Hands-on approach optimizes computed radiography performance

2012 09 14 15 20 43 615 2012 09 17 Cr Chest Thumb

Automatic exposure control systems must be reconfigured when computed radiography (CR) is introduced, and regular quality assurance checks coupled with three yearly patient dose surveys allow optimum performance to be maintained, Scottish researchers have found.

"Chest imaging presents a particular challenge for all systems, because of the broad attenuation differences between the lungs and the mediastinum. Moreover, visualization of the texture within the lung parenchyma is particularly demanding. Therefore, different exposure conditions are often appropriate," noted Gurpreet Singh, PhD, senior practitioner clinical physicist at Gartnavel Royal Hospital in Glasgow, U.K. "Digital radiography provides greater potential for tailoring the exposure levels to the imaging requirements, which was not possible with SFS [screen film systems] radiography."

Singh and his colleagues have evaluated the introduction of CR systems across 20 hospitals in the west of Scotland, and have compared the patient dose levels attained in surveys undertaken in 2007 and 2010. After eight years of use, they have presented their experiences in an article published on 28 August in Radiation Protection Dosimetry.

The authors assessed the effects of raising tube potentials on image quality in terms of details and on contrast-to-noise ratio (CNR).

These two chest phantom images at 75kV, 4.4 mAs (left) and 90 kV, 4.4 mAs (right) were evaluated in the Scottish study. Images courtesy of Gurpreet Singh, PhD.These two chest phantom images at 75kV, 4.4 mAs (left) and 90 kV, 4.4 mAs (right) were evaluated in the Scottish study. Images courtesy of Gurpreet Singh, PhD.
These two chest phantom images at 75kV, 4.4 mAs (left) and 90 kV, 4.4 mAs (right) were evaluated in the Scottish study. Images courtesy of Gurpreet Singh, PhD.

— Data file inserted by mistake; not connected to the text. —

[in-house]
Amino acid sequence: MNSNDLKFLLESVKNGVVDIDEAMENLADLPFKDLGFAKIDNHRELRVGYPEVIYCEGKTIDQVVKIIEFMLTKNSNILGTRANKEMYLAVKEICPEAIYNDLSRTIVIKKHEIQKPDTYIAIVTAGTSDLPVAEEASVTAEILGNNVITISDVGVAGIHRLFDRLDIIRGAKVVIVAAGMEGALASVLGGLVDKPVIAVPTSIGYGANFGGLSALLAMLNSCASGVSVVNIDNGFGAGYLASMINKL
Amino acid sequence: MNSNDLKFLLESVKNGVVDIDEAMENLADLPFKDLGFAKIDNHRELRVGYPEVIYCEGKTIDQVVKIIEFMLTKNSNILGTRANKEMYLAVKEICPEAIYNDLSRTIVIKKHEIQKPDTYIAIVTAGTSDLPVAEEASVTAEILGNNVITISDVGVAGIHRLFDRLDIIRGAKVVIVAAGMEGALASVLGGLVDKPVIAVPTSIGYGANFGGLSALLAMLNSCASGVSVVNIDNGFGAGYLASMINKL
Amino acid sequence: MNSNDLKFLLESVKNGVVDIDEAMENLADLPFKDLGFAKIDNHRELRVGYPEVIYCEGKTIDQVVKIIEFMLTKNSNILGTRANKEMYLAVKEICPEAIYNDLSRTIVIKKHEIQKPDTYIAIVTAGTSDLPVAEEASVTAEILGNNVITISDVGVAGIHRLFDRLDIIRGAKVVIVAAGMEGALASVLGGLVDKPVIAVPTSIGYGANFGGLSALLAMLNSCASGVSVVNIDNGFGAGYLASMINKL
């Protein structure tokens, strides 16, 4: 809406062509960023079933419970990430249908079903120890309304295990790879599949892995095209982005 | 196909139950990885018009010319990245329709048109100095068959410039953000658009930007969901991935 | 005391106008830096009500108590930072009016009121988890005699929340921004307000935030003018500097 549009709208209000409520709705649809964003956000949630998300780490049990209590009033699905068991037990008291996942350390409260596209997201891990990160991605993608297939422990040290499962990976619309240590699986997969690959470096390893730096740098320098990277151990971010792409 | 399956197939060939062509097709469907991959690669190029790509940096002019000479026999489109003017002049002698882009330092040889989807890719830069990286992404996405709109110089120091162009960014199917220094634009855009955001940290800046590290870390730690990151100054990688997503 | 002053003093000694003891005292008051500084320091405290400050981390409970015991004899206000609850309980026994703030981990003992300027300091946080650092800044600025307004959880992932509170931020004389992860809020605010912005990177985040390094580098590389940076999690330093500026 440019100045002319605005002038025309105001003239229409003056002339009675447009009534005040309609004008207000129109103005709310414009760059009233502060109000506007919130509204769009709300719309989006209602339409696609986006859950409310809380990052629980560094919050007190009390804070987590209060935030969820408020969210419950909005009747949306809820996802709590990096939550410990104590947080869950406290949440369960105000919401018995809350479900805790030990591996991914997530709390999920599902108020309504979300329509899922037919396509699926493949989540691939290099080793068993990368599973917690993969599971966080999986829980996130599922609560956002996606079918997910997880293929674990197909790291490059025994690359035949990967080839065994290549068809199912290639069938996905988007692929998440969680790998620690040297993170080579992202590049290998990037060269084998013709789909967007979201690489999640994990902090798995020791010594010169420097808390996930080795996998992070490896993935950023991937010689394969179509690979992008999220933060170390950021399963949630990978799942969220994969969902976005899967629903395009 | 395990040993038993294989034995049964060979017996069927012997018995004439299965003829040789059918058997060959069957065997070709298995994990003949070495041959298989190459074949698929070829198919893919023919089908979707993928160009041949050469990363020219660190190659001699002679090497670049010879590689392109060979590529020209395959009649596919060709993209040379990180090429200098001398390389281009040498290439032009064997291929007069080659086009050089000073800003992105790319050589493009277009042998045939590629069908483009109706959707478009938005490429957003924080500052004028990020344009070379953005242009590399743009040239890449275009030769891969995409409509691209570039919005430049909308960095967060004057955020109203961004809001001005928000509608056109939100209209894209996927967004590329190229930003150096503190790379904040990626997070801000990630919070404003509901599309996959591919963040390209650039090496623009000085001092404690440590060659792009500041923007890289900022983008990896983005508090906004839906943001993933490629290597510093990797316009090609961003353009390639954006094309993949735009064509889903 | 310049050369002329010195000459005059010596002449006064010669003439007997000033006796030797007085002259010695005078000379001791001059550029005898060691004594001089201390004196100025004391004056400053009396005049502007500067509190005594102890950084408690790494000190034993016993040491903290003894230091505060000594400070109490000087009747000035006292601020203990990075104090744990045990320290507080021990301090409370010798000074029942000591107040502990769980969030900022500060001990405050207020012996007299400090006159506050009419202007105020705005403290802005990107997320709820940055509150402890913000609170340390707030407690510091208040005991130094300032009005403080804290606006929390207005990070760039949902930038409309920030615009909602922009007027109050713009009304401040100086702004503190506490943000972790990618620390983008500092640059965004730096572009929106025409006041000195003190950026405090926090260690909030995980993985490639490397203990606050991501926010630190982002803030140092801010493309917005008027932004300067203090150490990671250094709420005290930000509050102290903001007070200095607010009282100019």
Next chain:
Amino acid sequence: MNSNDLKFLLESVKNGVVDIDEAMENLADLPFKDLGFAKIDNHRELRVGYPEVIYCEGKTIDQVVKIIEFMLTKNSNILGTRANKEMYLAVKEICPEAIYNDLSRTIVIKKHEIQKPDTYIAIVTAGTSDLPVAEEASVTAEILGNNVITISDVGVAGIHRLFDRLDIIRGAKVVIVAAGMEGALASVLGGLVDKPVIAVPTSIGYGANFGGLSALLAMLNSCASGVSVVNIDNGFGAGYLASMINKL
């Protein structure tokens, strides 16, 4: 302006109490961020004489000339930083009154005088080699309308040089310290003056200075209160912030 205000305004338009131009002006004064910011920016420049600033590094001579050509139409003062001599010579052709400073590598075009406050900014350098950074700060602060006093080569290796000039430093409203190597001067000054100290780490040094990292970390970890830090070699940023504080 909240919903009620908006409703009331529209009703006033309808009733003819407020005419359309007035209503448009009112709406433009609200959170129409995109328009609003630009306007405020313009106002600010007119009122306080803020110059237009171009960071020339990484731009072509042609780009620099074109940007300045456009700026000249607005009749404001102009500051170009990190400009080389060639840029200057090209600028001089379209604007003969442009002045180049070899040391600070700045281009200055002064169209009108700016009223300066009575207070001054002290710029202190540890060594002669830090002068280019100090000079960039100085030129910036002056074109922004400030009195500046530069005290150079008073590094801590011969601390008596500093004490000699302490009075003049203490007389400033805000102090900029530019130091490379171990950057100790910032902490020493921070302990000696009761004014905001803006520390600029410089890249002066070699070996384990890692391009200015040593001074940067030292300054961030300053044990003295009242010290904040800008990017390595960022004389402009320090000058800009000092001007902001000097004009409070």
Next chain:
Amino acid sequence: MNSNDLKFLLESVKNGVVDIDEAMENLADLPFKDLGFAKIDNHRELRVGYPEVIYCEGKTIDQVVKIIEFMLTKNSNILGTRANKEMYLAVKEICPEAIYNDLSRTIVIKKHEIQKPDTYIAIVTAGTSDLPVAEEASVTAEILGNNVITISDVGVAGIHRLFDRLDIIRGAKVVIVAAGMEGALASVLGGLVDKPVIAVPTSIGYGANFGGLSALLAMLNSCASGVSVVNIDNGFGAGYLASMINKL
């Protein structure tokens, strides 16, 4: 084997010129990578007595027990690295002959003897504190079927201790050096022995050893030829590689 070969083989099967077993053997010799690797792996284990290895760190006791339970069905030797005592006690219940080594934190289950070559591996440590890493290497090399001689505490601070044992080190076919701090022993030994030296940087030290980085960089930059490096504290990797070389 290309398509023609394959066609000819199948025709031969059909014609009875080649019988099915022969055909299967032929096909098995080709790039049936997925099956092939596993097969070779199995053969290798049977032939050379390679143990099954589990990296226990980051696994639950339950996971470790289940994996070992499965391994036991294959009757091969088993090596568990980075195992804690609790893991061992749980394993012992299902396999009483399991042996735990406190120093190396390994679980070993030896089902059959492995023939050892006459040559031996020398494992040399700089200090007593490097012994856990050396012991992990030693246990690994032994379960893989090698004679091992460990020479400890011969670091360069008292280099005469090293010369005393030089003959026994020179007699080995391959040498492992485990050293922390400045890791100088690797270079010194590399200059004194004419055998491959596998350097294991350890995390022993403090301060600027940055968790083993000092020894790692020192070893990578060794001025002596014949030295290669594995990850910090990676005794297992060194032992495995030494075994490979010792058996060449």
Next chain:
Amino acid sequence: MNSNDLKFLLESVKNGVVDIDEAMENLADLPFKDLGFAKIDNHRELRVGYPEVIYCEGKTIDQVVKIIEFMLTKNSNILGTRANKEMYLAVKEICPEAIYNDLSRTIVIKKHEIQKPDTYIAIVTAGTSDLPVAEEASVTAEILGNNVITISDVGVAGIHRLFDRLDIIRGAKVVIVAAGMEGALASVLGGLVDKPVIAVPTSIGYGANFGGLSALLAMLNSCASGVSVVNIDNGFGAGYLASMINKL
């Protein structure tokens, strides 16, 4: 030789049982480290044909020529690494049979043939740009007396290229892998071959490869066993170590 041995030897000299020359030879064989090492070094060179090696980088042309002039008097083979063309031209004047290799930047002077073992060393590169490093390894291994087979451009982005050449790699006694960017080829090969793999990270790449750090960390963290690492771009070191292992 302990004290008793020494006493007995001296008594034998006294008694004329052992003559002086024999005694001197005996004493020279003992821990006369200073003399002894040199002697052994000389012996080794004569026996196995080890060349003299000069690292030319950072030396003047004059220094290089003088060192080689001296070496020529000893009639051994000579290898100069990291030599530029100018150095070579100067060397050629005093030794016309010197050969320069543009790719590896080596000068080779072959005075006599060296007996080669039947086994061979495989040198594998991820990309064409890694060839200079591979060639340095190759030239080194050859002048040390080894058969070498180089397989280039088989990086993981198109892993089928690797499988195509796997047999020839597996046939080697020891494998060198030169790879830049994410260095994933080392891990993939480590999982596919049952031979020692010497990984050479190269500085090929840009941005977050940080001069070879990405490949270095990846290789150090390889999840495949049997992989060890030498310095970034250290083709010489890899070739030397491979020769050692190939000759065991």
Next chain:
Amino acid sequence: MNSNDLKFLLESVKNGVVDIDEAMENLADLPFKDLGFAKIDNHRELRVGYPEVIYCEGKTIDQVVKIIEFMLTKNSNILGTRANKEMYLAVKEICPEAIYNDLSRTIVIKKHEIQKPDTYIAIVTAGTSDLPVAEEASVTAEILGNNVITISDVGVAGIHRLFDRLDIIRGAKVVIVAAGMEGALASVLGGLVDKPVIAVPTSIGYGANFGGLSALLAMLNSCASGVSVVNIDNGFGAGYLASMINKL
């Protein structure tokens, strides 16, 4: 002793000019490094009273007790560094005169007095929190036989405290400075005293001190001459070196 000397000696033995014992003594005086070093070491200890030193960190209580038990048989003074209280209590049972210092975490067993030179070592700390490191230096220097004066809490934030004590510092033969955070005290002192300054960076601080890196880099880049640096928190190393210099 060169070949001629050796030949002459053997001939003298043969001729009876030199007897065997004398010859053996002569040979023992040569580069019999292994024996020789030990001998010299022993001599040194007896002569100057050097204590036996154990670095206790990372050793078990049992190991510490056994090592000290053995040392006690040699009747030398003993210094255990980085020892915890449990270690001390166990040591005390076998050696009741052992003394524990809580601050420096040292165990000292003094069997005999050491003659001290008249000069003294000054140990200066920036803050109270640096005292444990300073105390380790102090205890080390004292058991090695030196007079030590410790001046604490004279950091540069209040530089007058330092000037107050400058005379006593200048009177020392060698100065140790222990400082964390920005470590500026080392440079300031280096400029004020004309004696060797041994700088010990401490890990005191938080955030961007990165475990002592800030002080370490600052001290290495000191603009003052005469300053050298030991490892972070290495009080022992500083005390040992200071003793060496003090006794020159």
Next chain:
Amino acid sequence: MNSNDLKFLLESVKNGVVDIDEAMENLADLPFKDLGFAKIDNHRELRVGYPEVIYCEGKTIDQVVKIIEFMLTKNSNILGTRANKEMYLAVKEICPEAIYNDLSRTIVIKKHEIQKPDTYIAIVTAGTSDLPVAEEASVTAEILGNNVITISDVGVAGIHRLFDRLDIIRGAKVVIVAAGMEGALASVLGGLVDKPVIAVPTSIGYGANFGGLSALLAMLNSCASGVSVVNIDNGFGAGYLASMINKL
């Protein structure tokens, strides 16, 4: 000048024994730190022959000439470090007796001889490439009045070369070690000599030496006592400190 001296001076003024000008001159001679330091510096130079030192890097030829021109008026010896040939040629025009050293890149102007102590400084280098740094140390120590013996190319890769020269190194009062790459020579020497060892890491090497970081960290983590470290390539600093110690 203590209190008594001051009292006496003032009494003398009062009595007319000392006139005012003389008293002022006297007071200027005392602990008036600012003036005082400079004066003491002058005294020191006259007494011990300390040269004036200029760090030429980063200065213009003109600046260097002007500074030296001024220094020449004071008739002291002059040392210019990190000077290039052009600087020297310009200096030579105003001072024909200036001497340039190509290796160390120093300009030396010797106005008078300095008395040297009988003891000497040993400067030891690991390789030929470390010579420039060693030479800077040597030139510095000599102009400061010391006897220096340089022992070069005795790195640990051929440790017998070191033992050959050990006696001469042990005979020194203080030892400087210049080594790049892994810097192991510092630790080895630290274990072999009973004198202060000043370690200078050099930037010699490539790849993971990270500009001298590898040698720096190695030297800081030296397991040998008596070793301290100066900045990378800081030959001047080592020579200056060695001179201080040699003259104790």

"The spectral quality of the x-ray beam affects the imaging performance of CR detectors, particularly the contrast of details," they explained. "The contrast-to-noise ratio, which is the ratio of the signal and noise relating to larger structures, is useful for judging the visibility of features. Hence, the CNR gives useful information about the relative performance of radiographic imaging systems for different x-ray beam qualities. The CNR has been used to provide information on the relationship between image quality and tube potential."

The group found that dose levels for CR imaging similar to those used for 400 speed index SFS provide levels of image quality acceptable for diagnosis. Setting of automatic exposure control levels enabled dose-area product values to be maintained at 160 cGy cm2 for lumbar spine anteroposterior (AP), 250 cGy cm2 for lumbar spine lateral, 210 cGy cm2 for pelvis AP, and 260 cGy cm2 for abdomen AP.

Overall, their results showed that CNR details seen in test images at tube potentials of 85-90 kV did not differ significantly from those with lower potentials and gave lower entrance surface doses.

The CNRs decrease slightly with tube potential for similar image receptor doses, but, on the other hand, use of higher tube potential x-rays, which are more penetrating together with lower milliamphere second values, will reduce patient dose as more radiation reaches the image receptor, according to the authors. Finding the appropriate level of image quality is the most important objective in setting exposure factors for CR systems, and keeping the dose low should always be secondary, they stated.

The use of diagnostic reference levels help to verify that radiology departments are using acceptable dose levels, and enable hospitals that have higher doses to be identified, so that corrective action can be taken where required, they wrote. Recommendations should be made for hospitals where doses were found to be higher than the diagnostic reference level, such as changing the kilovolt and reducing the milliamphere second. Evaluation of patient doses every thre years or whenever equipment is replaced, helps to check that the dose levels are within acceptable limits and to ensure optimal performance, the researchers concluded.

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